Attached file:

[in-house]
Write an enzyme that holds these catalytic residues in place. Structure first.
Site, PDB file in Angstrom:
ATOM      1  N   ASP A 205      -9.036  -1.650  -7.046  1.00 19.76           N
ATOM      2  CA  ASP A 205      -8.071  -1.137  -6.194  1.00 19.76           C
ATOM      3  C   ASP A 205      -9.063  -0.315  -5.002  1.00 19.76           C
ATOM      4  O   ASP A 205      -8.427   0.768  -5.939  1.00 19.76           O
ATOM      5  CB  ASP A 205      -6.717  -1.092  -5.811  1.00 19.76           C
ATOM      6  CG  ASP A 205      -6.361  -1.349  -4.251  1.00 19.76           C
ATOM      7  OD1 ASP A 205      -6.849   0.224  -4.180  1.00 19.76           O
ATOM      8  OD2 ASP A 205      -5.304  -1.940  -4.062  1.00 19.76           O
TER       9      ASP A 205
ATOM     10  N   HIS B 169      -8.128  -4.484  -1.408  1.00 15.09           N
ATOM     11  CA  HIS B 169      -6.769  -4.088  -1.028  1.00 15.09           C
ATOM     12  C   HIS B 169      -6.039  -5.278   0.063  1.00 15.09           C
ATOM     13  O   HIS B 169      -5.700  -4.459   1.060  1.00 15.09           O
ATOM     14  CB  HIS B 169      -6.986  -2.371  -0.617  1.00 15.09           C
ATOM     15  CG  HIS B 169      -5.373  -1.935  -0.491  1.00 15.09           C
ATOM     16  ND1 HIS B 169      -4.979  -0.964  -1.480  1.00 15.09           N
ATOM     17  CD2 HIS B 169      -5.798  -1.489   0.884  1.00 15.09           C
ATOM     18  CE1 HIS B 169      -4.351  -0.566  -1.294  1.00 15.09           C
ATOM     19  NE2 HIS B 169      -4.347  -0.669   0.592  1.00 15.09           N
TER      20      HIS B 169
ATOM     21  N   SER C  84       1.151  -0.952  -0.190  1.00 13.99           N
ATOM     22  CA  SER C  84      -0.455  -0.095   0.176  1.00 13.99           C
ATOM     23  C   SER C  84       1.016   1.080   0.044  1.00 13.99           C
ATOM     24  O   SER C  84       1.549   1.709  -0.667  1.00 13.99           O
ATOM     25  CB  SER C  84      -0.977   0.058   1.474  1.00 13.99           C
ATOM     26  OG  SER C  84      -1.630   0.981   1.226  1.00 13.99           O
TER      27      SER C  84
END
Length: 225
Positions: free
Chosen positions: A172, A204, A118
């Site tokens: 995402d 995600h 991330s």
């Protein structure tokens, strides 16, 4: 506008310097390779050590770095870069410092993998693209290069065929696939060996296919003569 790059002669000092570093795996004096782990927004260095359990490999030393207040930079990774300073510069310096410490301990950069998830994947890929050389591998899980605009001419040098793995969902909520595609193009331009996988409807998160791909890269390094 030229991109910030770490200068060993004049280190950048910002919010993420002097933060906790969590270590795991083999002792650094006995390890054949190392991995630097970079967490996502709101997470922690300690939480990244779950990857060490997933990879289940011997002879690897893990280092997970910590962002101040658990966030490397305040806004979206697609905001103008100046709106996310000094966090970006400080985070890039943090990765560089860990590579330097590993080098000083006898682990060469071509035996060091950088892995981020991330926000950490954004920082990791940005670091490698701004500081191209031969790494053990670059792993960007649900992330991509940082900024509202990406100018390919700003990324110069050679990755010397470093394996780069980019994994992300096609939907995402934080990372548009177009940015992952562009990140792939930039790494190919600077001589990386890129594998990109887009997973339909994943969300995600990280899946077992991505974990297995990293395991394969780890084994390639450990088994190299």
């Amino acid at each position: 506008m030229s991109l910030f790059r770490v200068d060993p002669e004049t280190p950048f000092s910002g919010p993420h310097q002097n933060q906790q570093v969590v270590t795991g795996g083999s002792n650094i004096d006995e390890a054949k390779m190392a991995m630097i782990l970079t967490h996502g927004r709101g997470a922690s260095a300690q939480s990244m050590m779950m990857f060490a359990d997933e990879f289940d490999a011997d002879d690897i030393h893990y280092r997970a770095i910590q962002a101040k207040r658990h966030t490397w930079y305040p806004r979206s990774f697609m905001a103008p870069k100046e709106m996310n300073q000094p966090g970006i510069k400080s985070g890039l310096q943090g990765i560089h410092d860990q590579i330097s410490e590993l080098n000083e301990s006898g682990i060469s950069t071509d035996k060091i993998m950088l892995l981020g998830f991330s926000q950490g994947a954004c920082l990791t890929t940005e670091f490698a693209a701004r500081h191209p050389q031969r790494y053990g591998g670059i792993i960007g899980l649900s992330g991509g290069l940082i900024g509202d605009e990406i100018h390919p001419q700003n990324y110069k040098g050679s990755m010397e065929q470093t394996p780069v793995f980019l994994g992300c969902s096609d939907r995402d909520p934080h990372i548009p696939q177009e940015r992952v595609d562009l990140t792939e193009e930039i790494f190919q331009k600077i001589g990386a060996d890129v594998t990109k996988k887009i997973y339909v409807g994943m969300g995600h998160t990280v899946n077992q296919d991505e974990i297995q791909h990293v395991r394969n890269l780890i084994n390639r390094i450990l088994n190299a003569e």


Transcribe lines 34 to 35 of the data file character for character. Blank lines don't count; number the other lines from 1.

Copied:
Chosen positions: A172, A204, A118
């Site tokens: 995402d 995600h 991330s």